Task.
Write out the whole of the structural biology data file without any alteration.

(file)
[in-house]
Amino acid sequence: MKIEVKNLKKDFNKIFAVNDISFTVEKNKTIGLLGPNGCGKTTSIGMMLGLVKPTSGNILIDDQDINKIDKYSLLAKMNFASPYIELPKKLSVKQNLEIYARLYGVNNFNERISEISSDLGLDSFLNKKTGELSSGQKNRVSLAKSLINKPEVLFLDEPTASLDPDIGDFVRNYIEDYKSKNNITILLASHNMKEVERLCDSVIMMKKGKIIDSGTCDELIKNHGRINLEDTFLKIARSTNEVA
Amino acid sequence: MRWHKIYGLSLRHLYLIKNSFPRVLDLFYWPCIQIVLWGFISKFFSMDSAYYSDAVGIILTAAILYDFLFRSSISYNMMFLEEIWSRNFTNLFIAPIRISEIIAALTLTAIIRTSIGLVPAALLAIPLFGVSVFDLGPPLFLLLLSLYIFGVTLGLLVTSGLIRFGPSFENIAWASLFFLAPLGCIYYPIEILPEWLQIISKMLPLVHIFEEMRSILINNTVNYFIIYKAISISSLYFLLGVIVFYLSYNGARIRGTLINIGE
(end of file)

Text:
[in-house]
Amino acid sequence: MKIEVKNLKKDFNKIFAVNDISFTVEKNKTIGLLGPNGCGKTTSIGMMLGLVKPTSGNILIDDQDINKIDKYSLLAKMNFASPYIELPKKLSVKQNLEIYARLYGVNNFNERISEISSDLGLDSFLNKKTGELSSGQKNRVSLAKSLINKPEVLFLDEPTASLDPDIGDFVRNYIEDYKSKNNITILLASHNMKEVERLCDSVIMMKKGKIIDSGTCDELIKNHGRINLEDTFLKIARSTNEVA
Amino acid sequence: MRWHKIYGLSLRHLYLIKNSFPRVLDLFYWPCIQIVLWGFISKFFSMDSAYYSDAVGIILTAAILYDFLFRSSISYNMMFLEEIWSRNFTNLFIAPIRISEIIAALTLTAIIRTSIGLVPAALLAIPLFGVSVFDLGPPLFLLLLSLYIFGVTLGLLVTSGLIRFGPSFENIAWASLFFLAPLGCIYYPIEILPEWLQIISKMLPLVHIFEEMRSILINNTVNYFIIYKAISISSLYFLLGVIVFYLSYNGARIRGTLINIGE